Nor should you be duplicating immediately things we have a lot of – adult clothing, for example, may simply not be bought in many cases, since people have enough in their closets for a lifetime. Eventually making clothes may well be an important project again, but short term and long term may well be different, and we all need to be flexible. Think *practical* and be adaptable – be able to produce not just a high value product, but an immediately useful one that people might need.
What might people need in the short term? Food. Warm blankets. Firewood for heating. Insulation. Childcare when both partners are working multiple jobs. Elder care. Medicine. Distractions – theater, gambling, alcohol, sex, dance, drugs, music, things to make them laugh, newspapers or the electronic equivalent, cartoons (and yes, even struggling people will find some money for these things). Shelter. Shoe repair. Security help. Toiletries – obvious ones like soap and toothpaste, and things to make them feel attractive – even under the Taliban, women used perfume. Education – people will still want better for their kids, and training to get new jobs. Tools. Anything that breaks and wears out easily. Handymen, plumbers, midwives, doctors, nurses, ministers of every faith, anyone who can fix, mend and repair. Livestock handlers and dog trainers. Gardeners and people who can teach how to adapt to low energy life.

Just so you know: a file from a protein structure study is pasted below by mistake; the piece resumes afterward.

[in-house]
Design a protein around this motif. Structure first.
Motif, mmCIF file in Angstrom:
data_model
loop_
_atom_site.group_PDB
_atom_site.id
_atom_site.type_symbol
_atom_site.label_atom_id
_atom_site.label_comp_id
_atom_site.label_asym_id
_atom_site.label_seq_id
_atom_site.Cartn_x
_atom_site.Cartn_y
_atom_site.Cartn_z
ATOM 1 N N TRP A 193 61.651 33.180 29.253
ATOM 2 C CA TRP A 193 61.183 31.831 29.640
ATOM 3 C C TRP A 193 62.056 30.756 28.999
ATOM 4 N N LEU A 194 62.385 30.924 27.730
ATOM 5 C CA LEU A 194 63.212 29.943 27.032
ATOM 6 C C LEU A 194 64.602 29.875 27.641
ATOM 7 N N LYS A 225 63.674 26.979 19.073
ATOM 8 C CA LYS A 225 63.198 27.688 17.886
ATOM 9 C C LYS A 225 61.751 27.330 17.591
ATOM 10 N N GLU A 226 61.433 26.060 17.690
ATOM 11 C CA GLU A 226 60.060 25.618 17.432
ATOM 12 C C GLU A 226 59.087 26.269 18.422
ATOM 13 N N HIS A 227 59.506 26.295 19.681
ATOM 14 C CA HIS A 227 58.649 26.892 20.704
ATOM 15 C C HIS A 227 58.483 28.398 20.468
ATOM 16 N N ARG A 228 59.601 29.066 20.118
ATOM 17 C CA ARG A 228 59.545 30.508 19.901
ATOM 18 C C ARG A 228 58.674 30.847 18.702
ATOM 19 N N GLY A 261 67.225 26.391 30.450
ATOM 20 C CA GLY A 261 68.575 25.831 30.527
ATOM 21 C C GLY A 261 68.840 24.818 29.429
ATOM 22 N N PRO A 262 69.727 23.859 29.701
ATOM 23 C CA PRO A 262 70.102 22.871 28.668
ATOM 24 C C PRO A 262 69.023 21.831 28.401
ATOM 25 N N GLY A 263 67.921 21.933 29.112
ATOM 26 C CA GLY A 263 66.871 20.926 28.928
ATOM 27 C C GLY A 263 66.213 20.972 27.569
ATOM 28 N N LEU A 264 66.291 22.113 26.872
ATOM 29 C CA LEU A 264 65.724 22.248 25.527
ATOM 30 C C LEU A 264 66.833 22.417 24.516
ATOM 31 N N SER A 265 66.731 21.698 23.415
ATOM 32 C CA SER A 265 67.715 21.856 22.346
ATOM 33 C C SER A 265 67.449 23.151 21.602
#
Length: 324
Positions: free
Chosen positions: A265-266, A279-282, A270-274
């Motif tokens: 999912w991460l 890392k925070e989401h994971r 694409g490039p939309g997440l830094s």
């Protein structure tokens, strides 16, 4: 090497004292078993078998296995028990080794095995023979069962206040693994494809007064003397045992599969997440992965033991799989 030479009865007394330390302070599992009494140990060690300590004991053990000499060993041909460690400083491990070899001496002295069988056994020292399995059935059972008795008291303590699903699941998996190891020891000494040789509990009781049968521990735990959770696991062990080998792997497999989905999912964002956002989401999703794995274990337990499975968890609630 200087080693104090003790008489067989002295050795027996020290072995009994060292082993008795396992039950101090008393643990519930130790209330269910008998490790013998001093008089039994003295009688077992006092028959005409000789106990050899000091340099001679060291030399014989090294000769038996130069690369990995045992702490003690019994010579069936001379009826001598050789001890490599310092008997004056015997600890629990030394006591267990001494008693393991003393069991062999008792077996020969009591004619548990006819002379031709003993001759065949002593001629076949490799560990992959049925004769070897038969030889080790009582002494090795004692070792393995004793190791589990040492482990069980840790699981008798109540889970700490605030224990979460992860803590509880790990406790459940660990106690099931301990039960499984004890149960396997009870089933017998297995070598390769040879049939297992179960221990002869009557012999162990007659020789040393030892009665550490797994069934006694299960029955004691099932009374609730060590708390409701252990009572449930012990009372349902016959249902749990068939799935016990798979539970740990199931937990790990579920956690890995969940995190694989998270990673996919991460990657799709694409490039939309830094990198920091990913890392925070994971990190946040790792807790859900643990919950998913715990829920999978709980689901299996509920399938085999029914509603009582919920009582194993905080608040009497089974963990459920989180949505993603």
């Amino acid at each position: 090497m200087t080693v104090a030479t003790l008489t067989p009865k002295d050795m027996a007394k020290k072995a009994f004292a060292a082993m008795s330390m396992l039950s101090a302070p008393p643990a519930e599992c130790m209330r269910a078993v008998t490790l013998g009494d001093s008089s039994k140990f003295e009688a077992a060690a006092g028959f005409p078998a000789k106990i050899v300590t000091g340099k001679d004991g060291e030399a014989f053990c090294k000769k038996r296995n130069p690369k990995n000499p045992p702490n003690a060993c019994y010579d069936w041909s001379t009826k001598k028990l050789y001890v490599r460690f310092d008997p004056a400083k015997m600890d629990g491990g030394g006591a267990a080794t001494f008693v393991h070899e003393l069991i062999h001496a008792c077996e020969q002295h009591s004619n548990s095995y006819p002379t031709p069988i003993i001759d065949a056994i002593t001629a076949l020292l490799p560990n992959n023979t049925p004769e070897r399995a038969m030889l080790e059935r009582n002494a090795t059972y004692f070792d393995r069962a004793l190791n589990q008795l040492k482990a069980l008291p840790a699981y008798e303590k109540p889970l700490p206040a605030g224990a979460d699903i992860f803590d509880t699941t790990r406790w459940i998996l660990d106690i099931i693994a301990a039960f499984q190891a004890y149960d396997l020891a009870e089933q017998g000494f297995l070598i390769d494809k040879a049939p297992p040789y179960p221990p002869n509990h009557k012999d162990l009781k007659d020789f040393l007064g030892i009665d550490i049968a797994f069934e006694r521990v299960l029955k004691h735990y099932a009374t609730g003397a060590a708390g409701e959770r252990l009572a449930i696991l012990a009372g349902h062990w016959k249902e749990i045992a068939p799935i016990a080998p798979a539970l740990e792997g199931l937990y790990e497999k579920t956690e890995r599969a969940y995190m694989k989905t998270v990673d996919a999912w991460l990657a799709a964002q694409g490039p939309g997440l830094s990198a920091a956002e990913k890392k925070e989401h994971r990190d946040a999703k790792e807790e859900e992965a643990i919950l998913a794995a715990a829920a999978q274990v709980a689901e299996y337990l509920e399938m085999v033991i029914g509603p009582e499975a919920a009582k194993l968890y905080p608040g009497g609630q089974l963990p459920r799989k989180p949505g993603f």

You may need to do more than one of these things – in the short term, the money may be in helping those who can afford it retrofit their homes, for example, while in the long term it might be in growing food. Or you may find yourself doing several seasonal things – cutting firewood, growing plant starts, building furniture or sewing in the winter, milking spring to fall. The informal economy is going to require multiple skill sets, rather than the single job we’ve been used to – and our ability to get out of the mindset that says “I have this one job, and that is the only thing I can or should do” may be the thing that defines most how well we do in the coming difficult times.
It is worth thinking what you will do in this new economy – maybe only watch and thank G-d you got to keep your job. But just in case, it is worth making plans, and perhaps putting a foot into the informal economy, testing its waters and building the beginnings of a new personal economy along with the old.